freeagent1One of the really nice things about the new crop of cloudy accounting applications is that the vendors have (mostly) thought through what business people need in analytics. By that I mean they have taken the time to think about outputs as an integral part of the design. I particularly like the way (for instance) FreeAgent shows the small business person everything they need to know in a clear and obvious way. On their latest blog post, the company says it will be showcasing:

…some of our thinking on other ways we can expose meaningful insights on businesses for multiple audiences – including some awesome new ways of reporting business data.

How cool is that? The same cannot be said of the enterprise space.

A wee while back, Jim Holincheck and I were having a back and forth on the topic of business intelligence, the so-called ‘big data’ story and how we’re all going to need data scientists (however that’s defined) in order for the business to make sense of the oceans of data swilling around. Jim’s position is  the data scientist argument is a ‘cop out:’

My belief is that business intelligence/analytic applications have not been easy enough or valuable enough to the layperson to gain wide adoption.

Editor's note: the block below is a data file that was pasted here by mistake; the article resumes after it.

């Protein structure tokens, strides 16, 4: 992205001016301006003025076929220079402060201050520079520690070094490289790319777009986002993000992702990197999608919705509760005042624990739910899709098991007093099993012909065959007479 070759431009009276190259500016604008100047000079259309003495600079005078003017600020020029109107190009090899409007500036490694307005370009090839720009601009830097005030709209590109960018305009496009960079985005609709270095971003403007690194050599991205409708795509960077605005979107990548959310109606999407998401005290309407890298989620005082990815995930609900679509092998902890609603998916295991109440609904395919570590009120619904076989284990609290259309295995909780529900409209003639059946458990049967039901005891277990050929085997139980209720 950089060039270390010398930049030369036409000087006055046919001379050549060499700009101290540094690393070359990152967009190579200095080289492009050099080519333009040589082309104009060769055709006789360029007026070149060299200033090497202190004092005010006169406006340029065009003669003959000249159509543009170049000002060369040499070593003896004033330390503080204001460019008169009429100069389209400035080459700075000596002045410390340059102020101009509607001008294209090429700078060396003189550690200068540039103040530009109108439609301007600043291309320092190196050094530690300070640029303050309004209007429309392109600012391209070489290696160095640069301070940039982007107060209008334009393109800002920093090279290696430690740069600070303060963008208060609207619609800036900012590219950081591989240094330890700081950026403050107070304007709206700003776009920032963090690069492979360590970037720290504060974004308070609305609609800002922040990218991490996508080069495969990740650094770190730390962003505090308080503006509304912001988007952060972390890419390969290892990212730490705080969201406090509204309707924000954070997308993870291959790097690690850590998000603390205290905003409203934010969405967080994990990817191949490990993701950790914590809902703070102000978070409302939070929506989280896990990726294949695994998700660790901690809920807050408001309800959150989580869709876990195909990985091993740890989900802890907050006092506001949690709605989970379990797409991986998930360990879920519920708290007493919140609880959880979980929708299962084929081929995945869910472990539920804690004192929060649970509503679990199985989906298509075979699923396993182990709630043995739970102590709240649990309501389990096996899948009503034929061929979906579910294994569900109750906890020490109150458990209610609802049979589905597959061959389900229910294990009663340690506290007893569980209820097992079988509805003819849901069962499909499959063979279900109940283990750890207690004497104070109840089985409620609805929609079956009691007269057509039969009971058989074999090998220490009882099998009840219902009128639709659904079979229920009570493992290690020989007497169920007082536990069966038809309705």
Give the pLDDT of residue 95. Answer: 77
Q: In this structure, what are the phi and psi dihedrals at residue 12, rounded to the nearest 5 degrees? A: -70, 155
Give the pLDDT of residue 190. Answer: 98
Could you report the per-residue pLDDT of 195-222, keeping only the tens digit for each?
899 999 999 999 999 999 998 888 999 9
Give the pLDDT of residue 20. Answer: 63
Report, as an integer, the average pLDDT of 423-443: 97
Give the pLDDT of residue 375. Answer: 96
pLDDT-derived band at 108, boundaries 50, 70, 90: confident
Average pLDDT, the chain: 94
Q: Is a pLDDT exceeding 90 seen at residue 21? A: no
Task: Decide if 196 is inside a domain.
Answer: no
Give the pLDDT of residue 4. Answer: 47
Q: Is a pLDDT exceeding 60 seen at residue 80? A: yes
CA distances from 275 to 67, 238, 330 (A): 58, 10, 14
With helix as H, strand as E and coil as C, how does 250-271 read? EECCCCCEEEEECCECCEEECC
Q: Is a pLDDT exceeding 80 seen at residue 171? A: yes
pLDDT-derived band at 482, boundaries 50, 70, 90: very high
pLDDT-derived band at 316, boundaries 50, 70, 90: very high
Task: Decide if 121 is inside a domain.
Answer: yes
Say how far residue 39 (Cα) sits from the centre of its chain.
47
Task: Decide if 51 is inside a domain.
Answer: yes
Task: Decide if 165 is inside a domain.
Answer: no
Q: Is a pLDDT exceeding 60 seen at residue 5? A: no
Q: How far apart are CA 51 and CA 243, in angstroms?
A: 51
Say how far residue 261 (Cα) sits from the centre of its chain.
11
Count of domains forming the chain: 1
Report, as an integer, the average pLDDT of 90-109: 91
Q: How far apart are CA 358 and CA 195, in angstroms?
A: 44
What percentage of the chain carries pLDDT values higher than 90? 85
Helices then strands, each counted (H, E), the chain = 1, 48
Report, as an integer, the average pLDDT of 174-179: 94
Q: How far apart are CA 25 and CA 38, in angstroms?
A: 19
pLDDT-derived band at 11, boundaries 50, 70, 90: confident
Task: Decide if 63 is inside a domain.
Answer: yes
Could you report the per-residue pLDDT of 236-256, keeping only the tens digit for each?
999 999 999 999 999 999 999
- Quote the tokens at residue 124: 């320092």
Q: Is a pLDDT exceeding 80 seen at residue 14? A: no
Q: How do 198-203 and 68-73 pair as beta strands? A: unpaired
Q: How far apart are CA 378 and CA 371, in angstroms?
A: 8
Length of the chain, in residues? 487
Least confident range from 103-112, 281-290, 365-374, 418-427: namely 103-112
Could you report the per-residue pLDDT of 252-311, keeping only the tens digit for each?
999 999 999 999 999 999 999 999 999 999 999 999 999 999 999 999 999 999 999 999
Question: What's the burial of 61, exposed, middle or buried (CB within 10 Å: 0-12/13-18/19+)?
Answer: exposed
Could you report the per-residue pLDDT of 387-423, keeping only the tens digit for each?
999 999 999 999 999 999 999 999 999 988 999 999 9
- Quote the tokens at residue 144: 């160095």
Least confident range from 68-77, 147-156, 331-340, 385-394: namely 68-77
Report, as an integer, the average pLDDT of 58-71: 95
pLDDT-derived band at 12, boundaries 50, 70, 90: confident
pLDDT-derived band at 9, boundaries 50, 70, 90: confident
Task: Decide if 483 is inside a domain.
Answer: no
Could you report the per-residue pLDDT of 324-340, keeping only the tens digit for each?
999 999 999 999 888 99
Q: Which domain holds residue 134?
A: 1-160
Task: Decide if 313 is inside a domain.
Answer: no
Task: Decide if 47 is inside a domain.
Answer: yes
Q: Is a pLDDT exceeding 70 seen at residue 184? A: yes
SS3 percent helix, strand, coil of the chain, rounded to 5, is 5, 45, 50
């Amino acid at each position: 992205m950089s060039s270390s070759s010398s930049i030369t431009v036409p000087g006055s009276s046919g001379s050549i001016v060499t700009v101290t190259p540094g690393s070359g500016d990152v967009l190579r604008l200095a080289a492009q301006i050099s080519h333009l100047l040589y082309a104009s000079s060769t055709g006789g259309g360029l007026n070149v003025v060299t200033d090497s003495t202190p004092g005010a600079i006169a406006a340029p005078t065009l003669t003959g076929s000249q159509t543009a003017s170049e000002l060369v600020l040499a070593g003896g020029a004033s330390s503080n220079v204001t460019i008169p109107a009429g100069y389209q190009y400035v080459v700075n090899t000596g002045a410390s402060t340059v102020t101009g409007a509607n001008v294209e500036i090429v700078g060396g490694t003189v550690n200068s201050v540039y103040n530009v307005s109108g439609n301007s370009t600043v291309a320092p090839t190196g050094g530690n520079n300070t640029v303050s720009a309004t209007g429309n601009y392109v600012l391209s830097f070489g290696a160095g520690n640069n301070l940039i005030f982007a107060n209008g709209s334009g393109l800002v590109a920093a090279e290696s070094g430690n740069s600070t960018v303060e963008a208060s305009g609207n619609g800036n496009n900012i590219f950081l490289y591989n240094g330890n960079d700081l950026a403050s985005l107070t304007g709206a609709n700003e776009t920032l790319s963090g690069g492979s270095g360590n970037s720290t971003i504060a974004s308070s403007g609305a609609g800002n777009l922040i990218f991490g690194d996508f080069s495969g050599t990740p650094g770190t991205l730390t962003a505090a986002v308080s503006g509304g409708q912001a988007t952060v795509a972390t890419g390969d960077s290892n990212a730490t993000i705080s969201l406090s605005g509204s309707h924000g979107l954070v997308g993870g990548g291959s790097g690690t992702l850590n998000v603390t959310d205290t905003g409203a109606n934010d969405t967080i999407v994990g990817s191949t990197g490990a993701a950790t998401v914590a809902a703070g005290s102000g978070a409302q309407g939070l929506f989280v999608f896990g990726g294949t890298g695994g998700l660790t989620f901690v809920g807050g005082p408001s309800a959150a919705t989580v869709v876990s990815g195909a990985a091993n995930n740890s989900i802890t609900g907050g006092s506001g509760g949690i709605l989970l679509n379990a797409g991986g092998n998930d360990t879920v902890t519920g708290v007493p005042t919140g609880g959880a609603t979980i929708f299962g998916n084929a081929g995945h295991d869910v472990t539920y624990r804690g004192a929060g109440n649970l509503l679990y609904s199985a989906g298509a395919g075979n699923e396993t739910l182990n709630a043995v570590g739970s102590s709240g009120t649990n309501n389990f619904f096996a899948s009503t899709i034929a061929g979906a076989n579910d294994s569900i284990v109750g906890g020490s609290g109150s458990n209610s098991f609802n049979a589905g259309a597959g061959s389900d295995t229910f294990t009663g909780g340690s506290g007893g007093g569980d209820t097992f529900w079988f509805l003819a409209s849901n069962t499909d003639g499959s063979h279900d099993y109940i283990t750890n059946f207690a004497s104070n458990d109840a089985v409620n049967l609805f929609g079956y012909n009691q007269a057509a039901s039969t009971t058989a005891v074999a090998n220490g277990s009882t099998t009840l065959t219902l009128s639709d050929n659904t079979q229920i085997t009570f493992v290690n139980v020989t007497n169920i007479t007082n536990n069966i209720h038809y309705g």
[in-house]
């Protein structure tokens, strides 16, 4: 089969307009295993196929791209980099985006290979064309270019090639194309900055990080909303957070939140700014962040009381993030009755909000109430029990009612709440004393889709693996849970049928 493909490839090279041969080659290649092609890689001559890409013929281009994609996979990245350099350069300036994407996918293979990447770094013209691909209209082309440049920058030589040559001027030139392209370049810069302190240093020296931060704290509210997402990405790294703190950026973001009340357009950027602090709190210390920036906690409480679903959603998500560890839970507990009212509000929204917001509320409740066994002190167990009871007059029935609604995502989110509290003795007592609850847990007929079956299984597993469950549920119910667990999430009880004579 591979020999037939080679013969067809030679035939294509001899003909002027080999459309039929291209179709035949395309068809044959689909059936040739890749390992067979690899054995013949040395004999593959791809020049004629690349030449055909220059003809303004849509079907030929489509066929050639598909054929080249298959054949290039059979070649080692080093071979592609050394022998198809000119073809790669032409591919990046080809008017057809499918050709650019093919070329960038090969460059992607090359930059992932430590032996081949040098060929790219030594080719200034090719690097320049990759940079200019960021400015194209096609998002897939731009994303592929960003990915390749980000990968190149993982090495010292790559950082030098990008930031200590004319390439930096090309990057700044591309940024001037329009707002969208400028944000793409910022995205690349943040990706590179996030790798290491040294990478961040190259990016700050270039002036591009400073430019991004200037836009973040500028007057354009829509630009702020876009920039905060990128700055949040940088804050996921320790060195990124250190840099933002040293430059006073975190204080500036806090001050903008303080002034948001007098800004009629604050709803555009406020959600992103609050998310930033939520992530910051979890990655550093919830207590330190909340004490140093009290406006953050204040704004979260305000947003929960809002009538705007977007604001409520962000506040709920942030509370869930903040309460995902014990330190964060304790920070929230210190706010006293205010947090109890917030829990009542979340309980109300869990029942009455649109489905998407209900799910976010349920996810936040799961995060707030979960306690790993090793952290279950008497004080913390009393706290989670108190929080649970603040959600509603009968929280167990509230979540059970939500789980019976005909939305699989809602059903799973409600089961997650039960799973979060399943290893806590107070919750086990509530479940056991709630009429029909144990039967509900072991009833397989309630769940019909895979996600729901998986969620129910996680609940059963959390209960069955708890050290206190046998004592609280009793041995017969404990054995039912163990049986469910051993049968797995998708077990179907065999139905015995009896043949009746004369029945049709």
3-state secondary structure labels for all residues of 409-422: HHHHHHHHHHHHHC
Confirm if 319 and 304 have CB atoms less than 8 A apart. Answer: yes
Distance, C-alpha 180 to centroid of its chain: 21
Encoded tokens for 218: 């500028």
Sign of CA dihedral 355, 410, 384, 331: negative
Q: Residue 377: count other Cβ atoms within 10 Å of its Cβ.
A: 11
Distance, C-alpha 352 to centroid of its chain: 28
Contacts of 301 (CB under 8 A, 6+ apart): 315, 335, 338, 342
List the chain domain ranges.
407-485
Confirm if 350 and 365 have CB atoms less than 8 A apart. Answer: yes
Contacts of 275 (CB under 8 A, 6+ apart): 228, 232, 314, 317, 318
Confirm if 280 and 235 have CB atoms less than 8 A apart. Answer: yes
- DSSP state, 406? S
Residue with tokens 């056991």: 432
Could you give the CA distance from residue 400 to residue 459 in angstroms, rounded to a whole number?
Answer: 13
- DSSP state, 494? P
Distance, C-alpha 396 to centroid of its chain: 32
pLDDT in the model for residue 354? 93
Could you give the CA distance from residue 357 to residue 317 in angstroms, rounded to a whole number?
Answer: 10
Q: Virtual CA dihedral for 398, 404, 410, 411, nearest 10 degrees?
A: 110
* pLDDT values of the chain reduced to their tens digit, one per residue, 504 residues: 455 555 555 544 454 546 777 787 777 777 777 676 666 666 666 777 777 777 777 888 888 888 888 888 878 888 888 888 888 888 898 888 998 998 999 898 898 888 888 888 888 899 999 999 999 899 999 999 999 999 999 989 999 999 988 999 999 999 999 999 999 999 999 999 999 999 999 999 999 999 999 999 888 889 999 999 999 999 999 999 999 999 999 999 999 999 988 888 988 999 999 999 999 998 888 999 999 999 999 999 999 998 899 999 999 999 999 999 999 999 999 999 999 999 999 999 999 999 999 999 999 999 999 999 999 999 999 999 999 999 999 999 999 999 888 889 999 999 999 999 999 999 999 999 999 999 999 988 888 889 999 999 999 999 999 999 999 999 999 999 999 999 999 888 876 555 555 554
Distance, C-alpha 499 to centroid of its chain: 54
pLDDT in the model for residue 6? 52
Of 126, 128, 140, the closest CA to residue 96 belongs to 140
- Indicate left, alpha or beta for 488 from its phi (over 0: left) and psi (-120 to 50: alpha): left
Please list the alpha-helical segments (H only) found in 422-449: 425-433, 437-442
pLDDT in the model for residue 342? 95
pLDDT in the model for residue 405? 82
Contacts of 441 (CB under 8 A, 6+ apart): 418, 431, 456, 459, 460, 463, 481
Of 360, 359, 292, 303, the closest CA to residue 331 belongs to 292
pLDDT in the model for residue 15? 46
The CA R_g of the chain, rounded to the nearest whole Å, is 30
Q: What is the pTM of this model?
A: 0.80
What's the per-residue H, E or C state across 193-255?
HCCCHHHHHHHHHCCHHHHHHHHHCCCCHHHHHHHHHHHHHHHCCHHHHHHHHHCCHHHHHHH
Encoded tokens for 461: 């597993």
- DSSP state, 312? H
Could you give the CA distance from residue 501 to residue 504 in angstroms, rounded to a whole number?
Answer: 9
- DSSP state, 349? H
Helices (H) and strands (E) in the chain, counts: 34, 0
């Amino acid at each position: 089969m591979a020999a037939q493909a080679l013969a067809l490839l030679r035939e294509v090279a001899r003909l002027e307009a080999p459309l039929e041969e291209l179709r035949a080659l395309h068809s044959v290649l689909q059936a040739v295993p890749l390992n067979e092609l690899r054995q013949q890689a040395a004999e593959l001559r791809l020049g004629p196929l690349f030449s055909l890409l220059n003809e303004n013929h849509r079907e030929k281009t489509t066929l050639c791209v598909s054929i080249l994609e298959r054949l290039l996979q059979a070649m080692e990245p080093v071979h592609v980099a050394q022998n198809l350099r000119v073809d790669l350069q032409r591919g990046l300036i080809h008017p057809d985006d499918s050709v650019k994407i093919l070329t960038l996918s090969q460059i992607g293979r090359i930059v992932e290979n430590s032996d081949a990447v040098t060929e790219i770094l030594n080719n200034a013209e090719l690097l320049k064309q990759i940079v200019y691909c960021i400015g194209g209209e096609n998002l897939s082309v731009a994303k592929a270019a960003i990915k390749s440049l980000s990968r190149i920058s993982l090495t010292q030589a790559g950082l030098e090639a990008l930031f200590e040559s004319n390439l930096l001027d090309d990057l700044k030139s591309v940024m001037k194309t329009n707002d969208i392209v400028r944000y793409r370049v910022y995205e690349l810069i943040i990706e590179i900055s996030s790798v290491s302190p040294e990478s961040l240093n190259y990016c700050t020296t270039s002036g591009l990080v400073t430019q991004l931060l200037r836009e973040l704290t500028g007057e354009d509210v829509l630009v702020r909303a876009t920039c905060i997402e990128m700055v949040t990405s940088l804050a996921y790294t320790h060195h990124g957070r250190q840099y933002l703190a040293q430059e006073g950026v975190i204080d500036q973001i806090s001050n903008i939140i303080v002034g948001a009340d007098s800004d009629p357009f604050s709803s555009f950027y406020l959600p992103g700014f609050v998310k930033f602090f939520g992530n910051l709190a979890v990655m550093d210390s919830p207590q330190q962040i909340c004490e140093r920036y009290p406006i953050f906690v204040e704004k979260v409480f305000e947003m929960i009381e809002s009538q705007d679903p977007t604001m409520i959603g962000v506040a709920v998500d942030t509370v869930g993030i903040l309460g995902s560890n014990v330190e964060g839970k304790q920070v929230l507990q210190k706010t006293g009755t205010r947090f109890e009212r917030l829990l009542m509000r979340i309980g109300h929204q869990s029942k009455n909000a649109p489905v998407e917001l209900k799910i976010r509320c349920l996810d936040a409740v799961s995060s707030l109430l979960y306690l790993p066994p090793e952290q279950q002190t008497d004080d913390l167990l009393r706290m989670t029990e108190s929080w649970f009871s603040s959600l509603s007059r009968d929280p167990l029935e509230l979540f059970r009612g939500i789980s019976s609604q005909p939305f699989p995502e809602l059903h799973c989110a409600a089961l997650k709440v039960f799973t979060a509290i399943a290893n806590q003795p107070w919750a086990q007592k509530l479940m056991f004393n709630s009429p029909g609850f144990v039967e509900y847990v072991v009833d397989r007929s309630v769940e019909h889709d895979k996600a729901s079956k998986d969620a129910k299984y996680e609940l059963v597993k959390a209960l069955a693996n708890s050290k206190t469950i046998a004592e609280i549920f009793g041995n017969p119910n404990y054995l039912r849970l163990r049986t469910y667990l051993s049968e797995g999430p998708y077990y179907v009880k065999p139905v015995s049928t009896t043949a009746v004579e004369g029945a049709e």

Jim used the analogy of Turbo Tax which

…significantly increased the number of use cases where you did not need a professional to help you prepare taxes.  I do not think we have seen the equivalent of TurboTax for business intelligence/analytic applications – yet.

As a side note, I have long held the view that the SME cloud accounting players are doing exactly that. It is an argument I have used when talking to large vendors about where they need to take their cues. He observes that:

 One of my greatest pet peeves as an analyst at Gartner was watching demos of reporting tools that showed how you could drill-down to find the data or exception you needed to know or act on.  The demo person would effortlessly drill-down four or five levels and get to the result.  Most business leaders are not going to take the time to do that kind of exploration (because they may not know where to look to find this nugget like the demo person does).  However, those business leaders would be quite interested in the results of that exploration.

Jim also believes that when you can add intelligence into an application so that it delivers information contextually, then you’re onto something: